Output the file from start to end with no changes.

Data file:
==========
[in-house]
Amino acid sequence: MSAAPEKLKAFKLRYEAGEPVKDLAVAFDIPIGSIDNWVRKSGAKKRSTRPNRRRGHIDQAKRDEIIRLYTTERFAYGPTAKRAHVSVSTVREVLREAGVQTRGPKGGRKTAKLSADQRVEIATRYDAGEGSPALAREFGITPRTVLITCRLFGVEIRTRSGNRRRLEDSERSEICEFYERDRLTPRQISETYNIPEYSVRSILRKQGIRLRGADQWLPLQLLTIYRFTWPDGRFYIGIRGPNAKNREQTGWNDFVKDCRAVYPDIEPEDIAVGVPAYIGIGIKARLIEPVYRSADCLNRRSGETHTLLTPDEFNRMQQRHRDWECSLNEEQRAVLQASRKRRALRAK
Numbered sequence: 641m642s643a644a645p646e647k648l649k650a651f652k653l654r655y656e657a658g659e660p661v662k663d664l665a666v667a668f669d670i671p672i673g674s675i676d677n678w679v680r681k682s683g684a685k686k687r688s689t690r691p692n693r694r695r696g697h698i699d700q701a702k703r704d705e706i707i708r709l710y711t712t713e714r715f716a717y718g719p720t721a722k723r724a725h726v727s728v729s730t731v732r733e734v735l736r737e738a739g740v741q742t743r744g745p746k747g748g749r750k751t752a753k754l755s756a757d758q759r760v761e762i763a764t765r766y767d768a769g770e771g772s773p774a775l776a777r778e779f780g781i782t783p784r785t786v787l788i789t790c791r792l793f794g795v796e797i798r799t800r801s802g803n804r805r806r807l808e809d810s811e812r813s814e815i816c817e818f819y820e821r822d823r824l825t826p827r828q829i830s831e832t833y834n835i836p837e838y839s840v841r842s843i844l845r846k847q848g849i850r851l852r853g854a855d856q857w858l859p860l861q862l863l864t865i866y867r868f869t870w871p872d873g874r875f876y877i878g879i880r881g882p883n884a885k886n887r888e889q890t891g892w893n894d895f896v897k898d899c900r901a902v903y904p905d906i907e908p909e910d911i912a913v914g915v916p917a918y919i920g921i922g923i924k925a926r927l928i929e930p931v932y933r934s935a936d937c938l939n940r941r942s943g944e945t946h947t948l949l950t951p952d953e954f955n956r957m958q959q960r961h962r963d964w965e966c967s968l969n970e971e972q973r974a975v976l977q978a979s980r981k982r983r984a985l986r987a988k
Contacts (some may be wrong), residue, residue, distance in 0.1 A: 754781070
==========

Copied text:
[in-house]
Amino acid sequence: MSAAPEKLKAFKLRYEAGEPVKDLAVAFDIPIGSIDNWVRKSGAKKRSTRPNRRRGHIDQAKRDEIIRLYTTERFAYGPTAKRAHVSVSTVREVLREAGVQTRGPKGGRKTAKLSADQRVEIATRYDAGEGSPALAREFGITPRTVLITCRLFGVEIRTRSGNRRRLEDSERSEICEFYERDRLTPRQISETYNIPEYSVRSILRKQGIRLRGADQWLPLQLLTIYRFTWPDGRFYIGIRGPNAKNREQTGWNDFVKDCRAVYPDIEPEDIAVGVPAYIGIGIKARLIEPVYRSADCLNRRSGETHTLLTPDEFNRMQQRHRDWECSLNEEQRAVLQASRKRRALRAK
Numbered sequence: 641m642s643a644a645p646e647k648l649k650a651f652k653l654r655y656e657a658g659e660p661v662k663d664l665a666v667a668f669d670i671p672i673g674s675i676d677n678w679v680r681k682s683g684a685k686k687r688s689t690r691p692n693r694r695r696g697h698i699d700q701a702k703r704d705e706i707i708r709l710y711t712t713e714r715f716a717y718g719p720t721a722k723r724a725h726v727s728v729s730t731v732r733e734v735l736r737e738a739g740v741q742t743r744g745p746k747g748g749r750k751t752a753k754l755s756a757d758q759r760v761e762i763a764t765r766y767d768a769g770e771g772s773p774a775l776a777r778e779f780g781i782t783p784r785t786v787l788i789t790c791r792l793f794g795v796e797i798r799t800r801s802g803n804r805r806r807l808e809d810s811e812r813s814e815i816c817e818f819y820e821r822d823r824l825t826p827r828q829i830s831e832t833y834n835i836p837e838y839s840v841r842s843i844l845r846k847q848g849i850r851l852r853g854a855d856q857w858l859p860l861q862l863l864t865i866y867r868f869t870w871p872d873g874r875f876y877i878g879i880r881g882p883n884a885k886n887r888e889q890t891g892w893n894d895f896v897k898d899c900r901a902v903y904p905d906i907e908p909e910d911i912a913v914g915v916p917a918y919i920g921i922g923i924k925a926r927l928i929e930p931v932y933r934s935a936d937c938l939n940r941r942s943g944e945t946h947t948l949l950t951p952d953e954f955n956r957m958q959q960r961h962r963d964w965e966c967s968l969n970e971e972q973r974a975v976l977q978a979s980r981k982r983r984a985l986r987a988k
Contacts (some may be wrong), residue, residue, distance in 0.1 A: 754781070